June 15, 2012

Colorado: Holden leaps into, if not ahead of, the ute fray

Still high on the technical prowess of the Ford Ranger, Mazda BT-50 and, to a lesser extent, the Navara ST-X 550, I could hardly wait to see how Holden has moved the ute sector forward with its new and much anticipated Colorado. After all, the global design and engineering resources of General Motors are still formidable and there must have been some impressive talent assembled at the corporation’s design centre in Sao Paulo, Brazil. That country, by the way, is the Colorado’s biggest market seeing that like its Ranger arch-rival it won’t be sold in North America.

What we got, however, is not a ute that will have Ford and the others cowering, but a thoroughly conventional vehicle, largely devoid of innovation and without things like trailer sway control, rear diff lock and hill descent control that appear as either standard or options on the Ford-Mazda products. Except for a couple of things, you might as well just buy a Hilux like everyone else does.

And Holden's claiming a one tonne payload for all Colorado models. Many "one tonne" trucks offer a capacity that falls short of the magic mark, a number of them well short. Some Colorado variants can take up to 1.4 tonnes. All have a 3100kg gross weight. The 3500kg braked towing rating of all 2.8 litre models is the best in the business, matched only by ute versions of the Land Rover Defender. Some rivals have cracked the 3000kg barrier, but Holden holds the bragging rights. The rating was achieved partly by fitting what Holden calls the “beefiest, brawniest towbar” the company has ever made”. All Colorados have an unbraked towing rating of 750kg, the same as their competitors. 

Other inducements to buy include wider availability of automatics, electronic stability control on all models and competitive engines. The 2.5- and 2.8-litre units developed for Colorado were designed by VM Motori of Italy (as known to Jeep owners) with significant input from the United States. Dubbed Duramax, the 2.5 produces 110kW and 350Nm of torque and the 2.8 has 132kW and 440Nm of torque for manual versions, 470Nm for automatics. The 2.8 litre engine, fitted to all but the base model, offers overall fuel consumption of around 8.5 litres per 100km, depending on the vehicle, and CO2 grams per kilometre emissions in the low 200s. Colorado is the first global model to use these engines, which share a similar architecture. The engines smooth, refined and compare well to their rivals.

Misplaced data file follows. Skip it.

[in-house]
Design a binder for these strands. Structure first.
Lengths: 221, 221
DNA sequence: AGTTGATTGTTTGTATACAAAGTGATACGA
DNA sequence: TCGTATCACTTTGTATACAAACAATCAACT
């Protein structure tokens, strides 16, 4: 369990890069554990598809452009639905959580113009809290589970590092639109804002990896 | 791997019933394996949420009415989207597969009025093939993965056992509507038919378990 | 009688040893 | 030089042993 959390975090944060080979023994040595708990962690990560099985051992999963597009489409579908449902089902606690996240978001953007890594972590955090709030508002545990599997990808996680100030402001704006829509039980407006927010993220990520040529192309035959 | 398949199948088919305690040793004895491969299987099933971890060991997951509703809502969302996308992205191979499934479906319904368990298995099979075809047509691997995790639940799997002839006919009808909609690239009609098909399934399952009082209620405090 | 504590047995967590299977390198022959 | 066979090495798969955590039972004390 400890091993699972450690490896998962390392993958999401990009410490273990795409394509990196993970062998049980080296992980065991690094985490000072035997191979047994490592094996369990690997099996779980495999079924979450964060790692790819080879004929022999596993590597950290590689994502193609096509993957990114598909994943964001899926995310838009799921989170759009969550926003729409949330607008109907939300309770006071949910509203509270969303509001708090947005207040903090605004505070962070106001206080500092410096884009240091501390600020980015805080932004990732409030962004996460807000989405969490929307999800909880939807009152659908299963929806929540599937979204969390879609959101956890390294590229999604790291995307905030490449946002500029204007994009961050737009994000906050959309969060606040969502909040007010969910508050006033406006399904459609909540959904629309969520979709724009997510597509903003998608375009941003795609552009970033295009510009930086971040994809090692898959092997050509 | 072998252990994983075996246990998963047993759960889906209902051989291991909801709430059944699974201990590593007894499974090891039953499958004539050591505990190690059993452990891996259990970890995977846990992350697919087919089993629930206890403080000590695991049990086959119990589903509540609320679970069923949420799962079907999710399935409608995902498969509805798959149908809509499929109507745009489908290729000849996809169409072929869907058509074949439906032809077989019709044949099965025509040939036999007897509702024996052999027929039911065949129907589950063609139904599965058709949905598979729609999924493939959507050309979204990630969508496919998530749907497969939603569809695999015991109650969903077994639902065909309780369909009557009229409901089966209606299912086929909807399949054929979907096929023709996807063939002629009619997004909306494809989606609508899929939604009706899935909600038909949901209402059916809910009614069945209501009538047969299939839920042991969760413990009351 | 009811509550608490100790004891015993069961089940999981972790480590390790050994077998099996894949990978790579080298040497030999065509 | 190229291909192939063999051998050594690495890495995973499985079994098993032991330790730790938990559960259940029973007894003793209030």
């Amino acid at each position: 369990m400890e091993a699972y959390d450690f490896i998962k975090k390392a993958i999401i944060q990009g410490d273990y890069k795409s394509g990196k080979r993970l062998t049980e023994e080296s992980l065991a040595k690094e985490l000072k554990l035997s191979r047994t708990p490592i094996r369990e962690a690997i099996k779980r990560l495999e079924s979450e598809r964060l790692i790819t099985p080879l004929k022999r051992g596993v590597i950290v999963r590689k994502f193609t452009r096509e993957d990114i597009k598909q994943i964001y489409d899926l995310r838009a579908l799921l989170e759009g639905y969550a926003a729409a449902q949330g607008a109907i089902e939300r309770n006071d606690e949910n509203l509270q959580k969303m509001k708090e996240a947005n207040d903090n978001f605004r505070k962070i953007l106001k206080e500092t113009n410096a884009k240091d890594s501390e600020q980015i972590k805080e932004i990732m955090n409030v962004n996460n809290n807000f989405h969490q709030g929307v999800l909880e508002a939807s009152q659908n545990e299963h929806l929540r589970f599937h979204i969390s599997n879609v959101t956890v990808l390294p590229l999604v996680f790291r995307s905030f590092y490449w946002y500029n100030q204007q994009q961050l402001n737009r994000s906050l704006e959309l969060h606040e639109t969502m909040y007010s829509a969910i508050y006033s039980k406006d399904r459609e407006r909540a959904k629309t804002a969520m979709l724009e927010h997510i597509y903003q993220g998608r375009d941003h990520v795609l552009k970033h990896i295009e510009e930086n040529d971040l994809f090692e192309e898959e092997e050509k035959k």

The ute has bold exterior styling and is better looking than photos suggest. Its interior is pleasant but unremarkable. Although rear legroom in double cabs is better than the previous model, the interior lacks some of the clever storage spaces of the Ranger and BT-50.

On-road, the Colorado performs competently and handles predictably. Its unladen ride can be harsh, but no worse than some rivals. Off-road during the launch programme in Queensland it acquitted itself well, but the route was doubtless set up to make sure any fool could drive it.

Colorados will be sold in New Zealand in four spec levels, starting with the $38,400 DX single cab-chassis. It’s well equipped for a starter model, including aircon, power windows, Bluetooth and electronic stability control. The LX wellside, from $49,900, moves up to such equipment as buckets and carpet, electric mirrors and cruise control. The LT, from $55,900, provides an automatic option, upgrades to 16 inch alloys and has foglights. The LTZ that starts at $58,400, is intended for lifestylers and has a full complement of stuff, including 17 inch alloys and the alloy sports bar bolted to the tray. 

Here's an earlier thought on Colorado's styling, some of which I now take back!

That snorkel's a factory option. The chrome sports bar is standard on the top LTZ version.

LX Space Cab cab chassis with an alloy tray could be an appealing combo.

Crew Cab LX cab chassis and the factory snorkel (also see the comments, below).

That's quite a nice bonnet protector.


  1. It looks like a good package to me, not everyone wants all the electronic stuff on the Ranger

  2. Why hasn't anyone ever designed the snorkel to be integrated into both the A pillars?

    The shallow slope of a modern front window makes the snorkel long and ugly and the sharp bend at the top must reduce inward airflow. Perhaps even something that sits behind the cab and takes air down, below then forward?

    1. A good point and thanks for raising it. I suspect the answer is "cost". Some A pillars are so thick these days they might as well have a snorkel in them!

  3. I agree with the guy above and there's nothing wrong with the looks. Good one, Holden.

  4. The shallow slope of a modern front window makes the snorkel long and ugly and the sharp bend at the top must reduce inward airflow. Perhaps even something that sits behind the cab and takes air down, below then forward?